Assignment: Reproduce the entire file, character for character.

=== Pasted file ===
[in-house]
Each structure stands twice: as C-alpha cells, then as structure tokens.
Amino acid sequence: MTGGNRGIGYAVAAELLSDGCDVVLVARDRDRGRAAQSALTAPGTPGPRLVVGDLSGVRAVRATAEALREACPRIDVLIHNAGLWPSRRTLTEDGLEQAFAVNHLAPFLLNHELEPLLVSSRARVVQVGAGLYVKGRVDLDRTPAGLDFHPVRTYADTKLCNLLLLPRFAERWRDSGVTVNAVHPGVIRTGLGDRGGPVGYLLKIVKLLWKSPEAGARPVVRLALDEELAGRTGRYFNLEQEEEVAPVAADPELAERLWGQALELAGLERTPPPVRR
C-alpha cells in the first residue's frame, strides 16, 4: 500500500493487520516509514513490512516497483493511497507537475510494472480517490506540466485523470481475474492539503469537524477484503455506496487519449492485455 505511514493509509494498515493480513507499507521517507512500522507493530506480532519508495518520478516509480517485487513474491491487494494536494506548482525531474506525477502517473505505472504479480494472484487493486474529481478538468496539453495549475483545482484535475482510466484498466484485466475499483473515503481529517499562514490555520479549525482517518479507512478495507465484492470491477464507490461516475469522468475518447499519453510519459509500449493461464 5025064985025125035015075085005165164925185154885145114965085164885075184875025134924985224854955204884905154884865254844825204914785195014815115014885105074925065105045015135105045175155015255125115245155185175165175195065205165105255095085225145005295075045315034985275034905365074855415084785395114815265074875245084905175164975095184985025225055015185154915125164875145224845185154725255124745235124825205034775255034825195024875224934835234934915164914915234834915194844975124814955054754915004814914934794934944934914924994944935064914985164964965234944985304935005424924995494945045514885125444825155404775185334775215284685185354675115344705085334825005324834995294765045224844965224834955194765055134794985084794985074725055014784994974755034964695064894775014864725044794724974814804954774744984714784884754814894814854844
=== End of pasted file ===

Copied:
[in-house]
Each structure stands twice: as C-alpha cells, then as structure tokens.
Amino acid sequence: MTGGNRGIGYAVAAELLSDGCDVVLVARDRDRGRAAQSALTAPGTPGPRLVVGDLSGVRAVRATAEALREACPRIDVLIHNAGLWPSRRTLTEDGLEQAFAVNHLAPFLLNHELEPLLVSSRARVVQVGAGLYVKGRVDLDRTPAGLDFHPVRTYADTKLCNLLLLPRFAERWRDSGVTVNAVHPGVIRTGLGDRGGPVGYLLKIVKLLWKSPEAGARPVVRLALDEELAGRTGRYFNLEQEEEVAPVAADPELAERLWGQALELAGLERTPPPVRR
C-alpha cells in the first residue's frame, strides 16, 4: 500500500493487520516509514513490512516497483493511497507537475510494472480517490506540466485523470481475474492539503469537524477484503455506496487519449492485455 505511514493509509494498515493480513507499507521517507512500522507493530506480532519508495518520478516509480517485487513474491491487494494536494506548482525531474506525477502517473505505472504479480494472484487493486474529481478538468496539453495549475483545482484535475482510466484498466484485466475499483473515503481529517499562514490555520479549525482517518479507512478495507465484492470491477464507490461516475469522468475518447499519453510519459509500449493461464 5025064985025125035015075085005165164925185154885145114965085164885075184875025134924985224854955204884905154884865254844825204914785195014815115014885105074925065105045015135105045175155015255125115245155185175165175195065205165105255095085225145005295075045315034985275034905365074855415084785395114815265074875245084905175164975095184985025225055015185154915125164875145224845185154725255124745235124825205034775255034825195024875224934835234934915164914915234834915194844975124814955054754915004814914934794934944934914924994944935064914985164964965234944985304935005424924995494945045514885125444825155404775185334775215284685185354675115344705085334825005324834995294765045224844965224834955194765055134794985084794985074725055014784994974755034964695064894775014864725044794724974814804954774744984714784884754814894814854844